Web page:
On the road, I was impressed with the Verano’s responsive chassis, quick turn in, ample steering feedback, and ability to carry speed effortlessly. This feels more German than American.
The brakes grip hard, showing very little fade, and thanks to the optional 18-inch wheels, this little Buick will stick to the pavement when cornering. Unfortunately though, since the suspension was designed mostly for comfort, there is a fair bit of unwanted body roll when pushed hard, preventing the Verano from being a serious sports sedan.
Also, although the chassis is solid and quiet, it seems easily unsettled. More often than not, the Verano would quibble and bounce over rough surfaces. It just seems like Buick didn’t know what kind of handling characteristics they wanted to give the Verano.
It’s on the luxury bits that Buick aced this car. The Verano has by far one of the quietest cabins in this price range. In fact, GM has gone through great lengths to make this cabin whisper-quiet thanks to a patent called QuietTuning; an engineering process that uses a variety of different techniques to keep cabin noise down.
For example, they’ve fitted the Verano with an acoustic-laminated windshield and side glass, as well as acoustic insulation materials on both sides of the steel dash panel, under the hood, in the doors, and in the headliner. There’s also a dual-density carpet on the floor and triple-sealed doors.
As if that wasn’t enough, Buick added underbody paneling that lowers wind and road surface noise. There are quiet-tuned tires, isolated chassis components, hydraulic suspension bushings, an isolated engine cradle to reduce vibrations, as well as high-strength steel to help eliminate squeaks and rattles.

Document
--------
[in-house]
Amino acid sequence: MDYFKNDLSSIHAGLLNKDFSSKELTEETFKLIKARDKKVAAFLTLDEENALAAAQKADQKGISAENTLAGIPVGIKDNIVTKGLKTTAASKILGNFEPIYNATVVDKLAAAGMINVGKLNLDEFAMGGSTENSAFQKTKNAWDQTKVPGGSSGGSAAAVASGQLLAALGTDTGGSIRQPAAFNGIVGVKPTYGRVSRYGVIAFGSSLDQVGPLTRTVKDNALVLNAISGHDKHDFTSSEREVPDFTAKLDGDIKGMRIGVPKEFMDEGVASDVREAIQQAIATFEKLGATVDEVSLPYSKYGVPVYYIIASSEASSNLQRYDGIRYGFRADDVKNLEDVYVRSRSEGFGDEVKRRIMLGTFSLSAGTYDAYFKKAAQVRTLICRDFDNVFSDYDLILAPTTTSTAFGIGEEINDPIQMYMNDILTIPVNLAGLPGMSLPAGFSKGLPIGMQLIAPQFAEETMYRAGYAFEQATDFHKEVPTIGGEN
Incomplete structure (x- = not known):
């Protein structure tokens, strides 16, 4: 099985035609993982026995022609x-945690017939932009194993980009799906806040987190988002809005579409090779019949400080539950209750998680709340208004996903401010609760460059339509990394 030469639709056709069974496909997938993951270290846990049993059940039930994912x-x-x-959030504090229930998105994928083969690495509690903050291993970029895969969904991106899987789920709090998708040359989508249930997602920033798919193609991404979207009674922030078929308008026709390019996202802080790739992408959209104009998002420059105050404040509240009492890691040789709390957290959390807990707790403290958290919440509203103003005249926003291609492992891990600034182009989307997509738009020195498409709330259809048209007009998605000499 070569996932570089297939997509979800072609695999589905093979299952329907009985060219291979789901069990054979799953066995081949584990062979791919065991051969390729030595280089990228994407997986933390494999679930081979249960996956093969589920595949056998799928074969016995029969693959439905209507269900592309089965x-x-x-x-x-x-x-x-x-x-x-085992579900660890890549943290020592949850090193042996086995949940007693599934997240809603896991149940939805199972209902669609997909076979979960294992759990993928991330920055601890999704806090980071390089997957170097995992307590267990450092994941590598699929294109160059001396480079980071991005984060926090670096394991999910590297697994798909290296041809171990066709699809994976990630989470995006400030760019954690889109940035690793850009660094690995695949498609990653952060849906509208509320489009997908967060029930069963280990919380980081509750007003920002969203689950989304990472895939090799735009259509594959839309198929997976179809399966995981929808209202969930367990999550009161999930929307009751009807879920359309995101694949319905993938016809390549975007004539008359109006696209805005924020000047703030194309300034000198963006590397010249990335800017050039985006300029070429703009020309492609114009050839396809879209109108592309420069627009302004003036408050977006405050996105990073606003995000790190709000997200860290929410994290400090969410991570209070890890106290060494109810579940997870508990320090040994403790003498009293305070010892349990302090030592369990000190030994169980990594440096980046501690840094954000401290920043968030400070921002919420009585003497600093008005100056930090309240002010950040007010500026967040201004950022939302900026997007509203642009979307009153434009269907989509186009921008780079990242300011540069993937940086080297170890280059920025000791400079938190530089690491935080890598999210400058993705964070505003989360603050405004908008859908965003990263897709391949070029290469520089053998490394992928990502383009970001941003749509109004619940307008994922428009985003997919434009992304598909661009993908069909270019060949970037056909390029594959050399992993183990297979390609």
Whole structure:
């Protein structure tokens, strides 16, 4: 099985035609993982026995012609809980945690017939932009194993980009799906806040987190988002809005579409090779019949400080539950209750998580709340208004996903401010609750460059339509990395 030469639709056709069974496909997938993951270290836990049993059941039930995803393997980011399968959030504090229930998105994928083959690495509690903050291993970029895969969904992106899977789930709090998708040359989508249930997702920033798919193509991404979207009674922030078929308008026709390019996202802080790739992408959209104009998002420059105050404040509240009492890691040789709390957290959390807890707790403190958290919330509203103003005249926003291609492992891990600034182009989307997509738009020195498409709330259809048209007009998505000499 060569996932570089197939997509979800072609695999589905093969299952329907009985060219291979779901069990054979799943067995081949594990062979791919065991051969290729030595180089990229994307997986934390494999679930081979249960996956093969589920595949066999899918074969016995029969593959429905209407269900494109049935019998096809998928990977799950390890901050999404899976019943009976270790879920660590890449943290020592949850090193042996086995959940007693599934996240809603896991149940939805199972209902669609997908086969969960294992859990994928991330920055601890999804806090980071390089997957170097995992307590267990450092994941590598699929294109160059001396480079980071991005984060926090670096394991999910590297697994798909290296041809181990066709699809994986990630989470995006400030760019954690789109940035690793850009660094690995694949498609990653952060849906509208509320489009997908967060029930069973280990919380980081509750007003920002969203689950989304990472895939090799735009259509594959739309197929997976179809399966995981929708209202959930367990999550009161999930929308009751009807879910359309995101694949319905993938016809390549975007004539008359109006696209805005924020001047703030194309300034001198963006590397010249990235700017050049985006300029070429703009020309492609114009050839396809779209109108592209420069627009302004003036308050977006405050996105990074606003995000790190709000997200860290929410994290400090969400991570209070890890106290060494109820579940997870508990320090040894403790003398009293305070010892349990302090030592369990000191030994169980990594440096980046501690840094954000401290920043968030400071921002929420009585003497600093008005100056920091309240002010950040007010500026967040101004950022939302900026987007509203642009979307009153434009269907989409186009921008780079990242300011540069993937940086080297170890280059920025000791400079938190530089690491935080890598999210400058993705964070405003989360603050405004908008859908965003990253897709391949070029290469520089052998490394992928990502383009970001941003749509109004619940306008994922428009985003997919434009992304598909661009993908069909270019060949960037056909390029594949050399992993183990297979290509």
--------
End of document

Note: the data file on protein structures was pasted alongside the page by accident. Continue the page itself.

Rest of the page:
Yes, it all sounds very technical, but it transcends to a smooth and ever-so-quiet experience behind the wheel.
The Verano also boasts a well put together interior, with high-quality materials and superior fit and finish. The simplicity and straight-forwardness is carried over in the instrument cluster, where everything is located on the center stack. The mashup of buttons does feel overwhelming at first, but you quickly get your head around it.
I’m not a big fan of its forward and rear visibility though. Due to an aggressively raked windshield, the two A-pillars are bridged by a sail window that seriously limits visibility when turning at an intersection. There’s also a higher than average rear deck lid that limits the rear view. Luckily, my tester was fitted with a backup camera.
Overall though, the Verano’s interior is a pleasing place to be. The seats are comfortable and the level of luxury of refinement is impressive for the segment.
The 2016 Buick Verano sets itself apart from the competition thanks to an attractive sale price. Entry level models start at $26 140, with Premium trims topping out at just under $35 000 for a fully loaded 2.0 L turbo manual.
In comparison, the Acura ILX, the Verano’s most direct competitor, starts at $29 490, while its German rivals, the Audi A3 and Mercedes-Benz CLA, both start well over $30 000 before options.
I would recommend getting the Leather 1SL trim, such as my tester. It may still have the base engine, but at $31 040, it comes with a truckload of luxury amenities such as leather seats, leather door inserts, leather-wrapped steering wheel, a backup camera, Buick IntelliLink connectivity with XM radio, OnStar with 4G LTE and Wi-Fi connection possibilities, electrically adjustable and heated seats, a heated steering wheel, and a Bose 9-speaker premium sound system.
In conclusion, there’s no denying the fact that the 2016 Buick Verano offers a long list of likeable attributes that should without a doubt attract younger buyers into showrooms. A nimble chassis, a comfortable ride, compelling drivetrains, and lots of creature comforts all add up to create an attractive package.
Although still not as refined as its competitors, the Verano remains a solid first attempt from Buick in the compact luxury sedan segment and a sign of great things to come for the brand. Whatever you do Buick, don’t get rid of that 6-speed manual gearbox option.